In Food Porn, Susan Wise Bauer writes about the tendency of modern authors to critique culture without offering a viable alternative: The cover‐model ideal is warped and twisted, but they can’t manage to unwarp it. I’m reminded of J. R. R. Tolkien’s orcs, who (according to the Silmarillion) were modeled on elves by the dark powers; they were fashioned “by slow arts of cruelty in envy and mockery,” because dark powers can only warp and twist, not create afresh. If you’ve never seen an elf, and you try to work backwards from an orc to its model, you’re darn well not going to end up with Orlando Bloom.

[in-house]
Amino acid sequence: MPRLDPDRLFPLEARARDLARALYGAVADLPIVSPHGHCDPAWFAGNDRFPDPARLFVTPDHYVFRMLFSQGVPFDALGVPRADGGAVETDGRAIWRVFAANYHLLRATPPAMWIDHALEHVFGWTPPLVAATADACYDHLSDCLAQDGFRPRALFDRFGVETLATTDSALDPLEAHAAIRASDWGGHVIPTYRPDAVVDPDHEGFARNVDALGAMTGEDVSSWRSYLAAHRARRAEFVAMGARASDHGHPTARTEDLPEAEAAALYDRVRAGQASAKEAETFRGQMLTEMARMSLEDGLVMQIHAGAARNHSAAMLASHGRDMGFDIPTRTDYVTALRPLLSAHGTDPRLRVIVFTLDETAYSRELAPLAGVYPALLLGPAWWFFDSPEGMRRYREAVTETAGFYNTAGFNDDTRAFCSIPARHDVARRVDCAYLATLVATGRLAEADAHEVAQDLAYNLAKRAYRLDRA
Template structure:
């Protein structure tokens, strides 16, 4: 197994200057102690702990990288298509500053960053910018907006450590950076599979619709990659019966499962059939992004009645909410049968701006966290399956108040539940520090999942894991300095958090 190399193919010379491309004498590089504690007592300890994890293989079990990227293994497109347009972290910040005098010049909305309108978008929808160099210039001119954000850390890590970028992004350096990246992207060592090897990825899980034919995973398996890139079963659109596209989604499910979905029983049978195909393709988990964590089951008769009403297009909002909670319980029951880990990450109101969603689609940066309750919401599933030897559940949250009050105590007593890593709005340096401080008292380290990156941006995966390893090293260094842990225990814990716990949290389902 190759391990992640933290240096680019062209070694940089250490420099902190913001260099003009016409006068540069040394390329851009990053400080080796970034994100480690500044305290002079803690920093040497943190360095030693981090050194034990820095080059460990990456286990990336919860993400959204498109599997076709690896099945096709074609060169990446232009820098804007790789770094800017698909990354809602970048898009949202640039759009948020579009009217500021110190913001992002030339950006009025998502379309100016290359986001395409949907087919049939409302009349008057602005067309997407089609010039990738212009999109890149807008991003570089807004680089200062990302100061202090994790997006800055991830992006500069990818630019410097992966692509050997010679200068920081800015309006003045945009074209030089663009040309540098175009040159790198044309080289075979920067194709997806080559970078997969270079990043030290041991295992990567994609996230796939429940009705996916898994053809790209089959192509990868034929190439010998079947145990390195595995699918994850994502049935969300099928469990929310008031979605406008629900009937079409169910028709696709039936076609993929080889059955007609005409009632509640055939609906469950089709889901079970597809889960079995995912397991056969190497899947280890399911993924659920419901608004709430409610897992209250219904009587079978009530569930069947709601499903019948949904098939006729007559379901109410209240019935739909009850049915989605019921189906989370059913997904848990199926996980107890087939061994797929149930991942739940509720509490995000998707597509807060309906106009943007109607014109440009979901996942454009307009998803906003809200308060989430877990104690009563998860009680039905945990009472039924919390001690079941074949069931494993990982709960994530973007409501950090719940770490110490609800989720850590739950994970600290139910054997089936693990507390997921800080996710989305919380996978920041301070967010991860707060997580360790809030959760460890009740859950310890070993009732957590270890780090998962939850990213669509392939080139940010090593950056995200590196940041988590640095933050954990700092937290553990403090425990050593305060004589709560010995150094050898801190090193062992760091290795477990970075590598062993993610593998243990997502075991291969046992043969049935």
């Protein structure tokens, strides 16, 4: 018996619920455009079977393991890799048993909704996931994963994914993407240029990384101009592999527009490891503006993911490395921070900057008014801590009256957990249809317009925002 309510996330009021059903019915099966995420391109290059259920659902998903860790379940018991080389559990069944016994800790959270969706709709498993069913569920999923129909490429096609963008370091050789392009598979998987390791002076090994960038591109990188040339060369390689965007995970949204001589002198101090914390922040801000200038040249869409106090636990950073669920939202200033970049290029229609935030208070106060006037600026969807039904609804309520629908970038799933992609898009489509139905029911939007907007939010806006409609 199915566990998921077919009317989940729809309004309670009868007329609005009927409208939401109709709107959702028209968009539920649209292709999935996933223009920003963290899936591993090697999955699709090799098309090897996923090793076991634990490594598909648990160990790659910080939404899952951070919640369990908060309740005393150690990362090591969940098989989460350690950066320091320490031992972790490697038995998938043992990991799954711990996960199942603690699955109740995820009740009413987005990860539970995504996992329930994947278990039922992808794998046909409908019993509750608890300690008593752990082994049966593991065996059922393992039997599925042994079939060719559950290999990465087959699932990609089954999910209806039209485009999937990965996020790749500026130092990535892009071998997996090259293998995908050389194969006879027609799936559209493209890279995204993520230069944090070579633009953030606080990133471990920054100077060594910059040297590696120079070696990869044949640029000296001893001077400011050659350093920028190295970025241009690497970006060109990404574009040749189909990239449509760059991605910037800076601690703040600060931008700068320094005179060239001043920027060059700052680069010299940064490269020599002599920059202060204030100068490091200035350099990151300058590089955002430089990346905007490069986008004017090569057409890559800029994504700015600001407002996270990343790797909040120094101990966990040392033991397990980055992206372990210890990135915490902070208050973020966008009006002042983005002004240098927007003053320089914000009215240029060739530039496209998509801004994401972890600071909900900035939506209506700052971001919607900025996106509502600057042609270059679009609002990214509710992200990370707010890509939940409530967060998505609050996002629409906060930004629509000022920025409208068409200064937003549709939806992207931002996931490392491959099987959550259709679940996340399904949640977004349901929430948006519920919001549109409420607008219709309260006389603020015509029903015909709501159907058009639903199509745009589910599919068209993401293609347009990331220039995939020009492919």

You can’t build on negation alone.
How often is our plan for being good to stop being bad? In the Biblical perspective, holiness is an addition equation, not a subtraction equation. We don’t merely seek to eradicate vices such as gossip and lying; on the contrary, we actively cultivate virtues such as love, joy, patience, and self‐control.
Just some quick thoughts inspired by an absolutely brilliant Tolkien reference in an otherwise unrelated article.